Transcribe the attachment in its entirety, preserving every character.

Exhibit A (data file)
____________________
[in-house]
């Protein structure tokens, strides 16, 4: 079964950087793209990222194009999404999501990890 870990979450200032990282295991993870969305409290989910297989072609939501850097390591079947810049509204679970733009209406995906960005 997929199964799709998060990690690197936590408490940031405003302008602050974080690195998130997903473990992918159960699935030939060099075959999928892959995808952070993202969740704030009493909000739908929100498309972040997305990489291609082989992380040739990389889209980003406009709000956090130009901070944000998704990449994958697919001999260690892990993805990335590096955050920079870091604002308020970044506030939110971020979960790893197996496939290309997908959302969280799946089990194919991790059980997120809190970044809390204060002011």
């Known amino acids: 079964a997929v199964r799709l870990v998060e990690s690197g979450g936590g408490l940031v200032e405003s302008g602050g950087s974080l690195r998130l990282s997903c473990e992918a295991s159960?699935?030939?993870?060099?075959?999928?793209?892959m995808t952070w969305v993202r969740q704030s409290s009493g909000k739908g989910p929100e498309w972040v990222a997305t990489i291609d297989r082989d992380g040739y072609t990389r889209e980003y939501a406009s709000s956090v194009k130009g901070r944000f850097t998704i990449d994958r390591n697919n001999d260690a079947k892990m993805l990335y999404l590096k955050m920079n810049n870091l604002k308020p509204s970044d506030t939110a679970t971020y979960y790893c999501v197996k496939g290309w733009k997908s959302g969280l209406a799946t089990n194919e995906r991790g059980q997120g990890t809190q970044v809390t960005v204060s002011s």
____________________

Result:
[in-house]
């Protein structure tokens, strides 16, 4: 079964950087793209990222194009999404999501990890 870990979450200032990282295991993870969305409290989910297989072609939501850097390591079947810049509204679970733009209406995906960005 997929199964799709998060990690690197936590408490940031405003302008602050974080690195998130997903473990992918159960699935030939060099075959999928892959995808952070993202969740704030009493909000739908929100498309972040997305990489291609082989992380040739990389889209980003406009709000956090130009901070944000998704990449994958697919001999260690892990993805990335590096955050920079870091604002308020970044506030939110971020979960790893197996496939290309997908959302969280799946089990194919991790059980997120809190970044809390204060002011």
């Known amino acids: 079964a997929v199964r799709l870990v998060e990690s690197g979450g936590g408490l940031v200032e405003s302008g602050g950087s974080l690195r998130l990282s997903c473990e992918a295991s159960?699935?030939?993870?060099?075959?999928?793209?892959m995808t952070w969305v993202r969740q704030s409290s009493g909000k739908g989910p929100e498309w972040v990222a997305t990489i291609d297989r082989d992380g040739y072609t990389r889209e980003y939501a406009s709000s956090v194009k130009g901070r944000f850097t998704i990449d994958r390591n697919n001999d260690a079947k892990m993805l990335y999404l590096k955050m920079n810049n870091l604002k308020p509204s970044d506030t939110a679970t971020y979960y790893c999501v197996k496939g290309w733009k997908s959302g969280l209406a799946t089990n194919e995906r991790g059980q997120g990890t809190q970044v809390t960005v204060s002011s």